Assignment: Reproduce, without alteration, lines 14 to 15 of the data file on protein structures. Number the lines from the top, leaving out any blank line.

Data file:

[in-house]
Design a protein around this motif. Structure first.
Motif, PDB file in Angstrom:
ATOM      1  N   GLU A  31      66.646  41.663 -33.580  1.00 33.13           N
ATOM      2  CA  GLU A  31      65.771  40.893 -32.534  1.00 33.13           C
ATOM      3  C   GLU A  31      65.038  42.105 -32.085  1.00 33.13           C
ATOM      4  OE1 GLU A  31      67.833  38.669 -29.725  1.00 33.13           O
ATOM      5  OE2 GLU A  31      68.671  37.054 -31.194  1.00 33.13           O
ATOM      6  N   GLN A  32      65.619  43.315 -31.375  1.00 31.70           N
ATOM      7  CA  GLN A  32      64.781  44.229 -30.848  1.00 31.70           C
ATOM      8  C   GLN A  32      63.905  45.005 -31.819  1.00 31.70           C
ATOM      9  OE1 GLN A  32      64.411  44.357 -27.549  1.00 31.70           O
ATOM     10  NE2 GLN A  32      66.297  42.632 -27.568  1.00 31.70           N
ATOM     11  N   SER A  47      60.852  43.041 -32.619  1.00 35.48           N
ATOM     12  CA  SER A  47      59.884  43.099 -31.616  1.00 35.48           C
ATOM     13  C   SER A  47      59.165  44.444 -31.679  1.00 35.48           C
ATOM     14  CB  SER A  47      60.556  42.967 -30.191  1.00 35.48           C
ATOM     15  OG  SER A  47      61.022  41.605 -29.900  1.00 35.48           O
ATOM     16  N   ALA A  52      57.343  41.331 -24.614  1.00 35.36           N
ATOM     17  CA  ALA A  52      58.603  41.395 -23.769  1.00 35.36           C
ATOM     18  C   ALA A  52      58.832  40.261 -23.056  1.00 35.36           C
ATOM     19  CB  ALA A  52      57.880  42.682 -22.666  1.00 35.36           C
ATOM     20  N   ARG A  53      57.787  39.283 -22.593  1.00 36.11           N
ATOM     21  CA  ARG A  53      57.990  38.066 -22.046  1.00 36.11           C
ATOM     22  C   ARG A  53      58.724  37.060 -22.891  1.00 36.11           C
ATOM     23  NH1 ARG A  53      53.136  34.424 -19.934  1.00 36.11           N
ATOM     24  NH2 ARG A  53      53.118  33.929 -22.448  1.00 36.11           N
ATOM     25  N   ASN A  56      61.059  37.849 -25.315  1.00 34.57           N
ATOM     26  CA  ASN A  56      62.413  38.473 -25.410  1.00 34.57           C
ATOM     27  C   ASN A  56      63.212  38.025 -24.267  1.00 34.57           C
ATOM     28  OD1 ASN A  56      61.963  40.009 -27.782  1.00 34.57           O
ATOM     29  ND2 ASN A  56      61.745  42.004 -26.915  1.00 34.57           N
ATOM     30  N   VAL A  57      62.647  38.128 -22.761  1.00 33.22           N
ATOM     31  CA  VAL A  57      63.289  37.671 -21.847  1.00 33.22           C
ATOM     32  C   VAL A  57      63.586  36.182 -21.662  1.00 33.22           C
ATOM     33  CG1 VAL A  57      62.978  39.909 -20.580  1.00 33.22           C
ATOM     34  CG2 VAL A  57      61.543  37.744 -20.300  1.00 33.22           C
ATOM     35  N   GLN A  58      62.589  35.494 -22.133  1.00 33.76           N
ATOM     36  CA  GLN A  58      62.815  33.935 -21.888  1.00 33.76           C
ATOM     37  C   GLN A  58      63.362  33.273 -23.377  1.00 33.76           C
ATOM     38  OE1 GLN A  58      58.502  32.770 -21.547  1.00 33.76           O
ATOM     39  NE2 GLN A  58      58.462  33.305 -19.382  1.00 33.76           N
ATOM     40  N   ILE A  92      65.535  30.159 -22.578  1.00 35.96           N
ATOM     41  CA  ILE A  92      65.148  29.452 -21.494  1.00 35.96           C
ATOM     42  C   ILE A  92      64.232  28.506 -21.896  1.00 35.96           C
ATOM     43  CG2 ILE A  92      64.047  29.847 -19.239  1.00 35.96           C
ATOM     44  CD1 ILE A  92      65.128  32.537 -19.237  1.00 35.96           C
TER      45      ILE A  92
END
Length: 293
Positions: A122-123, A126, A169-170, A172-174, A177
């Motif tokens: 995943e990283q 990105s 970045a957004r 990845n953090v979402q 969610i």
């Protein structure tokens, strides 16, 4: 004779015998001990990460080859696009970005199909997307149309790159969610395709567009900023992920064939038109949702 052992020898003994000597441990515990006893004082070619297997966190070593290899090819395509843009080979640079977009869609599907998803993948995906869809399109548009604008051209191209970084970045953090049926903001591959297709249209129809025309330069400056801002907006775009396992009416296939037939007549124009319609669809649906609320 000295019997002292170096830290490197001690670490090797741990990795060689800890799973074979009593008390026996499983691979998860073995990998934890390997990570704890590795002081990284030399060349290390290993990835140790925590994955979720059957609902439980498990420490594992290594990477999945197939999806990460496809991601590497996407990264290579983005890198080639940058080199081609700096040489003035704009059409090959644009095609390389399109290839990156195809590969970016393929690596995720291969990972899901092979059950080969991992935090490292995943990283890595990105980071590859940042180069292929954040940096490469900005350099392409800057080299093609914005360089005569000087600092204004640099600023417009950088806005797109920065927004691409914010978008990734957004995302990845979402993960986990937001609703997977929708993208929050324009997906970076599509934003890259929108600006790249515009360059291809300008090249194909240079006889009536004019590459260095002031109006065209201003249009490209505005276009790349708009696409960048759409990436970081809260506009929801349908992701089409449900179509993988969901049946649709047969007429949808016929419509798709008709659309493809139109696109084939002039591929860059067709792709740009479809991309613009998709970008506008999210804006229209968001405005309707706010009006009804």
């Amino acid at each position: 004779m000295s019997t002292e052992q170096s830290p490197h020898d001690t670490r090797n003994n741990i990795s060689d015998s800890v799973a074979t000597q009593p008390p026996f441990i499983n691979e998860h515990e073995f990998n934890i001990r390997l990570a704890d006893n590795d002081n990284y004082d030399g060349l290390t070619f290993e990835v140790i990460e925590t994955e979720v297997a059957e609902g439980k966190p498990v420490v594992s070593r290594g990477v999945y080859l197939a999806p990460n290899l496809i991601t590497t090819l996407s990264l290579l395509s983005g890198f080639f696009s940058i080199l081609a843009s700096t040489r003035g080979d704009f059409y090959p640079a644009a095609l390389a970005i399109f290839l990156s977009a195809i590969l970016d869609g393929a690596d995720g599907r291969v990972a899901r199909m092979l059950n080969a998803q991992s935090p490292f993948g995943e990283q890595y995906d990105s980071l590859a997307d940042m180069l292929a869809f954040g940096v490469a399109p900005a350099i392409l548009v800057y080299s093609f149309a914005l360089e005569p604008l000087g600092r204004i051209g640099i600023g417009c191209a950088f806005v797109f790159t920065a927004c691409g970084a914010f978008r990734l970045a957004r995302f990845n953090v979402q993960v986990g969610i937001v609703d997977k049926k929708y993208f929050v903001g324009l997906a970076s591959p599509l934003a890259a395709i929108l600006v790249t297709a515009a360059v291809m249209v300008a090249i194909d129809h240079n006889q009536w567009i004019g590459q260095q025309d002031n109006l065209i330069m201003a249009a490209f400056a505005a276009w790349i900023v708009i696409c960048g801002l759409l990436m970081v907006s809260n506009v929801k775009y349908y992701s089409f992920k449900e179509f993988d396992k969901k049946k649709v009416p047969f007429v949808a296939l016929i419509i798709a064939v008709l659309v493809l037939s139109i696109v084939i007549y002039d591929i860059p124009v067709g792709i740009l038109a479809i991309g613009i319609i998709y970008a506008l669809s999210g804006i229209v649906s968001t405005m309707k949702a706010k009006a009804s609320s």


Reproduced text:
ATOM     11  N   SER A  47      60.852  43.041 -32.619  1.00 35.48           N
ATOM     12  CA  SER A  47      59.884  43.099 -31.616  1.00 35.48           C